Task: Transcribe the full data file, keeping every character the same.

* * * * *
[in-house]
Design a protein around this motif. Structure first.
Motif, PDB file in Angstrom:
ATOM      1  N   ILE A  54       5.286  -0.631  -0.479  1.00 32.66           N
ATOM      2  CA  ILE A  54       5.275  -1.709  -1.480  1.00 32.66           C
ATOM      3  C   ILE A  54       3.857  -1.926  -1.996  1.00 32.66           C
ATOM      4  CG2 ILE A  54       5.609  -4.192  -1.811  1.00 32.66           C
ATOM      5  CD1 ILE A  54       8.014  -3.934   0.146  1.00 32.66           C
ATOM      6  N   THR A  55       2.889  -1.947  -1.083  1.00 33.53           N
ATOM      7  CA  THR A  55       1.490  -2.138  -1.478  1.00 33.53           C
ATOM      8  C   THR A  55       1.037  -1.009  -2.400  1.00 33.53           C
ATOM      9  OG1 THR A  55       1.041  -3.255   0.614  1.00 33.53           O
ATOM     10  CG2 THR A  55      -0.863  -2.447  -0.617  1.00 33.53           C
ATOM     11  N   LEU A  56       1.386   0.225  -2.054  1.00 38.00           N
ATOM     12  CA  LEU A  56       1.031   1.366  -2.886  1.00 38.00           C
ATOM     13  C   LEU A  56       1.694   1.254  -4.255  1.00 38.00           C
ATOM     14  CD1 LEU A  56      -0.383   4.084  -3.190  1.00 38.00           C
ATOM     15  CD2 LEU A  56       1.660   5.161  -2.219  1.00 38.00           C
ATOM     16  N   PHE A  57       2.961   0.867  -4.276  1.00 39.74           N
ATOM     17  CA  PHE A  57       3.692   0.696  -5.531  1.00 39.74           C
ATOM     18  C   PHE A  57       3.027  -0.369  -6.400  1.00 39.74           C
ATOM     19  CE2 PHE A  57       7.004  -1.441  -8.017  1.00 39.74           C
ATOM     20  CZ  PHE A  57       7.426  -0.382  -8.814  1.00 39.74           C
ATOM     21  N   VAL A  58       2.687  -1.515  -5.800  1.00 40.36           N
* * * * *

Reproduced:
[in-house]
Design a protein around this motif. Structure first.
Motif, PDB file in Angstrom:
ATOM      1  N   ILE A  54       5.286  -0.631  -0.479  1.00 32.66           N
ATOM      2  CA  ILE A  54       5.275  -1.709  -1.480  1.00 32.66           C
ATOM      3  C   ILE A  54       3.857  -1.926  -1.996  1.00 32.66           C
ATOM      4  CG2 ILE A  54       5.609  -4.192  -1.811  1.00 32.66           C
ATOM      5  CD1 ILE A  54       8.014  -3.934   0.146  1.00 32.66           C
ATOM      6  N   THR A  55       2.889  -1.947  -1.083  1.00 33.53           N
ATOM      7  CA  THR A  55       1.490  -2.138  -1.478  1.00 33.53           C
ATOM      8  C   THR A  55       1.037  -1.009  -2.400  1.00 33.53           C
ATOM      9  OG1 THR A  55       1.041  -3.255   0.614  1.00 33.53           O
ATOM     10  CG2 THR A  55      -0.863  -2.447  -0.617  1.00 33.53           C
ATOM     11  N   LEU A  56       1.386   0.225  -2.054  1.00 38.00           N
ATOM     12  CA  LEU A  56       1.031   1.366  -2.886  1.00 38.00           C
ATOM     13  C   LEU A  56       1.694   1.254  -4.255  1.00 38.00           C
ATOM     14  CD1 LEU A  56      -0.383   4.084  -3.190  1.00 38.00           C
ATOM     15  CD2 LEU A  56       1.660   5.161  -2.219  1.00 38.00           C
ATOM     16  N   PHE A  57       2.961   0.867  -4.276  1.00 39.74           N
ATOM     17  CA  PHE A  57       3.692   0.696  -5.531  1.00 39.74           C
ATOM     18  C   PHE A  57       3.027  -0.369  -6.400  1.00 39.74           C
ATOM     19  CE2 PHE A  57       7.004  -1.441  -8.017  1.00 39.74           C
ATOM     20  CZ  PHE A  57       7.426  -0.382  -8.814  1.00 39.74           C
ATOM     21  N   VAL A  58       2.687  -1.515  -5.800  1.00 40.36           N